The pause() function shall suspend the calling thread until delivery of a
signal whose action is either to execute a signal-catching function or to
terminate the process.
If the action is to terminate the process, pause() shall not return.
If the action is to execute a signal-catching function, pause() shall
return after the signal-catching function returns.
Since pause() suspends thread execution indefinitely unless interrupted
by a signal, there is no successful completion return value. A value of -1
shall be returned and errno set to indicate the error.
Many common uses of pause() have timing windows. The scenario involves
checking a condition related to a signal and, if the signal has not occurred,
calling pause(). When the signal occurs between the check and the call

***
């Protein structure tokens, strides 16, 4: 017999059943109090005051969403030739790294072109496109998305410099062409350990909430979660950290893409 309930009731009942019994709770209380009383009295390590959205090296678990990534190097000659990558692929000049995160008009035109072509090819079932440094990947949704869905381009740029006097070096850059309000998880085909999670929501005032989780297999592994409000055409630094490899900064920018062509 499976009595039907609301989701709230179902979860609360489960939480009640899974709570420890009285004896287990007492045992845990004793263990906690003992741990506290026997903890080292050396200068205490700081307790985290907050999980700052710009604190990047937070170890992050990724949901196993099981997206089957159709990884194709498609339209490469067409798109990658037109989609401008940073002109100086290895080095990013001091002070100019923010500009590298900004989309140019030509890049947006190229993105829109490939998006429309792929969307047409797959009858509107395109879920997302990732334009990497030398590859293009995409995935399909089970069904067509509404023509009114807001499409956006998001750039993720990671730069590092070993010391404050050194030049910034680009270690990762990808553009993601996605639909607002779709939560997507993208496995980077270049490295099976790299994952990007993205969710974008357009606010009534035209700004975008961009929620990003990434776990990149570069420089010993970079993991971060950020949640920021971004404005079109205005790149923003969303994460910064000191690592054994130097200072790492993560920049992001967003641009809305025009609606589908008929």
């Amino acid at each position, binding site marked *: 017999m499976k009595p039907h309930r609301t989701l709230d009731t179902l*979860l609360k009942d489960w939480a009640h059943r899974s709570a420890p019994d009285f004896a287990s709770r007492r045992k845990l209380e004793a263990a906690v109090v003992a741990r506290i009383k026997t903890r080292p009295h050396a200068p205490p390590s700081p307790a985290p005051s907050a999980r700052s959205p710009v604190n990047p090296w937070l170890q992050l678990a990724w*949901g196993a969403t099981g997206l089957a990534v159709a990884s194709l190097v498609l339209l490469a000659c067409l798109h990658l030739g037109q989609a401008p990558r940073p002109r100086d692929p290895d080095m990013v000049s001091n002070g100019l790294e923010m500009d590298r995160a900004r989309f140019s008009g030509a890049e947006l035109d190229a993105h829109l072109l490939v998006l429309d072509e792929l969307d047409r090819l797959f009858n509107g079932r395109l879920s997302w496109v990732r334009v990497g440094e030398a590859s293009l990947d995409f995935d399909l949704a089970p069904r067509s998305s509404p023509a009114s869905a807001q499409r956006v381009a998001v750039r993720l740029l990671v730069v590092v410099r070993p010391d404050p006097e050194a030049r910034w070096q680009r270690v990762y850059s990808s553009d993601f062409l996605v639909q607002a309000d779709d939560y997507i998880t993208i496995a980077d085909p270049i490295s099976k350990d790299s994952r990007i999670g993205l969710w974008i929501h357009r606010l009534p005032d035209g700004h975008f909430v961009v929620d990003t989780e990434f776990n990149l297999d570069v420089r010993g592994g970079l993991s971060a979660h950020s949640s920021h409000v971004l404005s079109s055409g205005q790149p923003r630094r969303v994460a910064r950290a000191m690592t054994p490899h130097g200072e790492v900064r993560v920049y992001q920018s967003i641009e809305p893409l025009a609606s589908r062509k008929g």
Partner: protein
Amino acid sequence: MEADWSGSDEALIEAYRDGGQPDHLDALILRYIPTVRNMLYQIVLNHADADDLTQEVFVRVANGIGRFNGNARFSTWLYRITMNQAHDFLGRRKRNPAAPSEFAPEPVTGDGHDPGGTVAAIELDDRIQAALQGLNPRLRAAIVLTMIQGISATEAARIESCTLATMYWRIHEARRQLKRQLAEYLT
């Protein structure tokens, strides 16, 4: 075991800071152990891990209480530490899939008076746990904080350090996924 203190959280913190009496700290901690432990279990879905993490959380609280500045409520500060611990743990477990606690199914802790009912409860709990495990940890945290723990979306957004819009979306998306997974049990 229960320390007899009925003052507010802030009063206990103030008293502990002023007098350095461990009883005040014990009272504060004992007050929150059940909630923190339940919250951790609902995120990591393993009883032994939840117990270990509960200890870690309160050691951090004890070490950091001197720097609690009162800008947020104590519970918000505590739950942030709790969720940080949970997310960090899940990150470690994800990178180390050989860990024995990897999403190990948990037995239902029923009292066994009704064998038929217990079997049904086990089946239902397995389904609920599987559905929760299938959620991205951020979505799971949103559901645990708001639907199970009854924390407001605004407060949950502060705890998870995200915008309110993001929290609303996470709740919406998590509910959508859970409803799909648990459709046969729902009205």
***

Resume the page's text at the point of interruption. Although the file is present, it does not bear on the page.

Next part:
to pause(), the process often blocks indefinitely. The
sigprocmask() and sigsuspend() functions can be used to avoid
this type of problem.
Portions of this text are reprinted and reproduced in electronic form from IEEE
Std 1003.1, 2003 Edition, Standard for Information Technology -- Portable
Operating System Interface (POSIX), The Open Group Base Specifications Issue
6, Copyright (C) 2001-2003 by the Institute of Electrical and Electronics
Engineers, Inc and The Open Group. In the event of any discrepancy between
this version and the original IEEE and The Open Group Standard, the original
IEEE and The Open Group Standard is the referee document. The original
Standard can be obtained online at http://www.opengroup.org/unix/online.html